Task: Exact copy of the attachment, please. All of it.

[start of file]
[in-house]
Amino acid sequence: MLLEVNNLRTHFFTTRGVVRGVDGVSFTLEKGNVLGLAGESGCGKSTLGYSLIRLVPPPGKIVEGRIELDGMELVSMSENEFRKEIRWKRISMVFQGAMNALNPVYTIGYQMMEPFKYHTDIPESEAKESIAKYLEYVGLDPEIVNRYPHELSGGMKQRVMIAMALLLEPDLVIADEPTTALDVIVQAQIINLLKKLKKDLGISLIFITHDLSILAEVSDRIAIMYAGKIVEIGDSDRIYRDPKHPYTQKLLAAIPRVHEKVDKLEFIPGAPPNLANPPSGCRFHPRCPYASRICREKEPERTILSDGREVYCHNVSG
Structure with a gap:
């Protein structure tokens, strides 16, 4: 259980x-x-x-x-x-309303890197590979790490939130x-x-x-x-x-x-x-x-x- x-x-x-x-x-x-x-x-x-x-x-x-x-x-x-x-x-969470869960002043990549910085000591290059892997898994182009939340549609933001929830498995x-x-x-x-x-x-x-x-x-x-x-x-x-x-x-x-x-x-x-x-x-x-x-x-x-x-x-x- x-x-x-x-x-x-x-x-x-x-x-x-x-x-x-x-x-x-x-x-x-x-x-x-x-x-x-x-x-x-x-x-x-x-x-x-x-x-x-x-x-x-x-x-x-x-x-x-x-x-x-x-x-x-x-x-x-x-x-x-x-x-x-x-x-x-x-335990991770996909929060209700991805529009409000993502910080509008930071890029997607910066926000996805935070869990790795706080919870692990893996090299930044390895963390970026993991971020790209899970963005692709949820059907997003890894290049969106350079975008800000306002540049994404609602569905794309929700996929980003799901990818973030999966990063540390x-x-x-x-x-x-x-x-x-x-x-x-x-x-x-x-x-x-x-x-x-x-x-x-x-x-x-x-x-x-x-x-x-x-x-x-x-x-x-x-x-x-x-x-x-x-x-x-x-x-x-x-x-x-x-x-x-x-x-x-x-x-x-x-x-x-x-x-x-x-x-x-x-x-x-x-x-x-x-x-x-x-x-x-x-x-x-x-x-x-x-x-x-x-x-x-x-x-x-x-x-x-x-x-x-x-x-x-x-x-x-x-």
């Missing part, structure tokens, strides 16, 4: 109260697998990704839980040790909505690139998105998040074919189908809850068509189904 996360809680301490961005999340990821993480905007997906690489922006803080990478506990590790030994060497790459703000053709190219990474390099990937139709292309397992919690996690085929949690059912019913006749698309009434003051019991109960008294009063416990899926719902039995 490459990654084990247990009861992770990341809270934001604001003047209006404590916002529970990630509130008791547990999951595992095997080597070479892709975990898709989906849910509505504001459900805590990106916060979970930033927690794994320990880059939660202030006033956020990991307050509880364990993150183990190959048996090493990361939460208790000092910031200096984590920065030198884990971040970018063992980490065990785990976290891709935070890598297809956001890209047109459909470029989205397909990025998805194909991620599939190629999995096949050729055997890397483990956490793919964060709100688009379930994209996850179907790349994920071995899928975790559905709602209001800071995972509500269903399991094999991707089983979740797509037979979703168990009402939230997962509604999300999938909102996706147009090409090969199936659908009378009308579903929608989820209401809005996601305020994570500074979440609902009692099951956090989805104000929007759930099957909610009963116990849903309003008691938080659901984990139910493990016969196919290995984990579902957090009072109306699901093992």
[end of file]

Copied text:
[in-house]
Amino acid sequence: MLLEVNNLRTHFFTTRGVVRGVDGVSFTLEKGNVLGLAGESGCGKSTLGYSLIRLVPPPGKIVEGRIELDGMELVSMSENEFRKEIRWKRISMVFQGAMNALNPVYTIGYQMMEPFKYHTDIPESEAKESIAKYLEYVGLDPEIVNRYPHELSGGMKQRVMIAMALLLEPDLVIADEPTTALDVIVQAQIINLLKKLKKDLGISLIFITHDLSILAEVSDRIAIMYAGKIVEIGDSDRIYRDPKHPYTQKLLAAIPRVHEKVDKLEFIPGAPPNLANPPSGCRFHPRCPYASRICREKEPERTILSDGREVYCHNVSG
Structure with a gap:
């Protein structure tokens, strides 16, 4: 259980x-x-x-x-x-309303890197590979790490939130x-x-x-x-x-x-x-x-x- x-x-x-x-x-x-x-x-x-x-x-x-x-x-x-x-x-969470869960002043990549910085000591290059892997898994182009939340549609933001929830498995x-x-x-x-x-x-x-x-x-x-x-x-x-x-x-x-x-x-x-x-x-x-x-x-x-x-x-x- x-x-x-x-x-x-x-x-x-x-x-x-x-x-x-x-x-x-x-x-x-x-x-x-x-x-x-x-x-x-x-x-x-x-x-x-x-x-x-x-x-x-x-x-x-x-x-x-x-x-x-x-x-x-x-x-x-x-x-x-x-x-x-x-x-x-x-335990991770996909929060209700991805529009409000993502910080509008930071890029997607910066926000996805935070869990790795706080919870692990893996090299930044390895963390970026993991971020790209899970963005692709949820059907997003890894290049969106350079975008800000306002540049994404609602569905794309929700996929980003799901990818973030999966990063540390x-x-x-x-x-x-x-x-x-x-x-x-x-x-x-x-x-x-x-x-x-x-x-x-x-x-x-x-x-x-x-x-x-x-x-x-x-x-x-x-x-x-x-x-x-x-x-x-x-x-x-x-x-x-x-x-x-x-x-x-x-x-x-x-x-x-x-x-x-x-x-x-x-x-x-x-x-x-x-x-x-x-x-x-x-x-x-x-x-x-x-x-x-x-x-x-x-x-x-x-x-x-x-x-x-x-x-x-x-x-x-x-």
């Missing part, structure tokens, strides 16, 4: 109260697998990704839980040790909505690139998105998040074919189908809850068509189904 996360809680301490961005999340990821993480905007997906690489922006803080990478506990590790030994060497790459703000053709190219990474390099990937139709292309397992919690996690085929949690059912019913006749698309009434003051019991109960008294009063416990899926719902039995 490459990654084990247990009861992770990341809270934001604001003047209006404590916002529970990630509130008791547990999951595992095997080597070479892709975990898709989906849910509505504001459900805590990106916060979970930033927690794994320990880059939660202030006033956020990991307050509880364990993150183990190959048996090493990361939460208790000092910031200096984590920065030198884990971040970018063992980490065990785990976290891709935070890598297809956001890209047109459909470029989205397909990025998805194909991620599939190629999995096949050729055997890397483990956490793919964060709100688009379930994209996850179907790349994920071995899928975790559905709602209001800071995972509500269903399991094999991707089983979740797509037979979703168990009402939230997962509604999300999938909102996706147009090409090969199936659908009378009308579903929608989820209401809005996601305020994570500074979440609902009692099951956090989805104000929007759930099957909610009963116990849903309003008691938080659901984990139910493990016969196919290995984990579902957090009072109306699901093992």